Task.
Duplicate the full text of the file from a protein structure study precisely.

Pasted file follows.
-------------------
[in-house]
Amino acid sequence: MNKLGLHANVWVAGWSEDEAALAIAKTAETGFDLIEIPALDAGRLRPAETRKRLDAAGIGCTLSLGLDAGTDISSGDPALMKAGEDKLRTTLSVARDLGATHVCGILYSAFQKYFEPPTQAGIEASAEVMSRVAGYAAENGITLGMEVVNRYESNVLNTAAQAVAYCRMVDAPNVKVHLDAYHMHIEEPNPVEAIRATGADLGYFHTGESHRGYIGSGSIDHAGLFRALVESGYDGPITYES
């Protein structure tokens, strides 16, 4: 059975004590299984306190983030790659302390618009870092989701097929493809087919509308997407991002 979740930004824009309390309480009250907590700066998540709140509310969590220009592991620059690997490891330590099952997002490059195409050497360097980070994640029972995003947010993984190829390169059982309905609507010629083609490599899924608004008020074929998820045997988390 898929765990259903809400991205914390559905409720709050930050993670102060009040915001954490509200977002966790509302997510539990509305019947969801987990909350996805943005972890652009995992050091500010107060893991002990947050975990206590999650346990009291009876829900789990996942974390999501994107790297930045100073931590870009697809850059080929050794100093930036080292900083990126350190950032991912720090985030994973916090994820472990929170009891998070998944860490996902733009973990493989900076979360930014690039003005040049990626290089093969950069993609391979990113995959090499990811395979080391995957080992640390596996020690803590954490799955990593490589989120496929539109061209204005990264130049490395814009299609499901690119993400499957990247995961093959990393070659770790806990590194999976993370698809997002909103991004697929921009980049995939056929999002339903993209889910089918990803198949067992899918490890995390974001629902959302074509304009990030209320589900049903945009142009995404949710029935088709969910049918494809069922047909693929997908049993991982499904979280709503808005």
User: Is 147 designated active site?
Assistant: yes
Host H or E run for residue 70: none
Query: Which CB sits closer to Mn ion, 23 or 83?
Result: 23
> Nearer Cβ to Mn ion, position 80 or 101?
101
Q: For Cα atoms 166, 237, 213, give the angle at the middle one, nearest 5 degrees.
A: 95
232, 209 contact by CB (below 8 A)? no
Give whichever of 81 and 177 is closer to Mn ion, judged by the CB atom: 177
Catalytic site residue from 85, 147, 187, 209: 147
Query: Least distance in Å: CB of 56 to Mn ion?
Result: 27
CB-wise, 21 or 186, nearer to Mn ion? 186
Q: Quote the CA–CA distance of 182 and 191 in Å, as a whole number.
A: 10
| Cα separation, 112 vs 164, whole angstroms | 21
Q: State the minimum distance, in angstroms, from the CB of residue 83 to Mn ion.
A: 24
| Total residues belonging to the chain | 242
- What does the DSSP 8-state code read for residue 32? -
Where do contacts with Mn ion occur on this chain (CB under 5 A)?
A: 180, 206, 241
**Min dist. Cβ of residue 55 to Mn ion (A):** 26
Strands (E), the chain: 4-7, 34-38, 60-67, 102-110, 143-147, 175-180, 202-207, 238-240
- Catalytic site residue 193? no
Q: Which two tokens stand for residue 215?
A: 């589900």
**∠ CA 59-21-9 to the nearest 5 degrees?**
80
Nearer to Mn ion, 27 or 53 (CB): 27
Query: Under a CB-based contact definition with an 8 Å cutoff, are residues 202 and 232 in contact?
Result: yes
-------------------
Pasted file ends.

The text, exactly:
[in-house]
Amino acid sequence: MNKLGLHANVWVAGWSEDEAALAIAKTAETGFDLIEIPALDAGRLRPAETRKRLDAAGIGCTLSLGLDAGTDISSGDPALMKAGEDKLRTTLSVARDLGATHVCGILYSAFQKYFEPPTQAGIEASAEVMSRVAGYAAENGITLGMEVVNRYESNVLNTAAQAVAYCRMVDAPNVKVHLDAYHMHIEEPNPVEAIRATGADLGYFHTGESHRGYIGSGSIDHAGLFRALVESGYDGPITYES
């Protein structure tokens, strides 16, 4: 059975004590299984306190983030790659302390618009870092989701097929493809087919509308997407991002 979740930004824009309390309480009250907590700066998540709140509310969590220009592991620059690997490891330590099952997002490059195409050497360097980070994640029972995003947010993984190829390169059982309905609507010629083609490599899924608004008020074929998820045997988390 898929765990259903809400991205914390559905409720709050930050993670102060009040915001954490509200977002966790509302997510539990509305019947969801987990909350996805943005972890652009995992050091500010107060893991002990947050975990206590999650346990009291009876829900789990996942974390999501994107790297930045100073931590870009697809850059080929050794100093930036080292900083990126350190950032991912720090985030994973916090994820472990929170009891998070998944860490996902733009973990493989900076979360930014690039003005040049990626290089093969950069993609391979990113995959090499990811395979080391995957080992640390596996020690803590954490799955990593490589989120496929539109061209204005990264130049490395814009299609499901690119993400499957990247995961093959990393070659770790806990590194999976993370698809997002909103991004697929921009980049995939056929999002339903993209889910089918990803198949067992899918490890995390974001629902959302074509304009990030209320589900049903945009142009995404949710029935088709969910049918494809069922047909693929997908049993991982499904979280709503808005």
User: Is 147 designated active site?
Assistant: yes
Host H or E run for residue 70: none
Query: Which CB sits closer to Mn ion, 23 or 83?
Result: 23
> Nearer Cβ to Mn ion, position 80 or 101?
101
Q: For Cα atoms 166, 237, 213, give the angle at the middle one, nearest 5 degrees.
A: 95
232, 209 contact by CB (below 8 A)? no
Give whichever of 81 and 177 is closer to Mn ion, judged by the CB atom: 177
Catalytic site residue from 85, 147, 187, 209: 147
Query: Least distance in Å: CB of 56 to Mn ion?
Result: 27
CB-wise, 21 or 186, nearer to Mn ion? 186
Q: Quote the CA–CA distance of 182 and 191 in Å, as a whole number.
A: 10
| Cα separation, 112 vs 164, whole angstroms | 21
Q: State the minimum distance, in angstroms, from the CB of residue 83 to Mn ion.
A: 24
| Total residues belonging to the chain | 242
- What does the DSSP 8-state code read for residue 32? -
Where do contacts with Mn ion occur on this chain (CB under 5 A)?
A: 180, 206, 241
**Min dist. Cβ of residue 55 to Mn ion (A):** 26
Strands (E), the chain: 4-7, 34-38, 60-67, 102-110, 143-147, 175-180, 202-207, 238-240
- Catalytic site residue 193? no
Q: Which two tokens stand for residue 215?
A: 């589900």
**∠ CA 59-21-9 to the nearest 5 degrees?**
80
Nearer to Mn ion, 27 or 53 (CB): 27
Query: Under a CB-based contact definition with an 8 Å cutoff, are residues 202 and 232 in contact?
Result: yes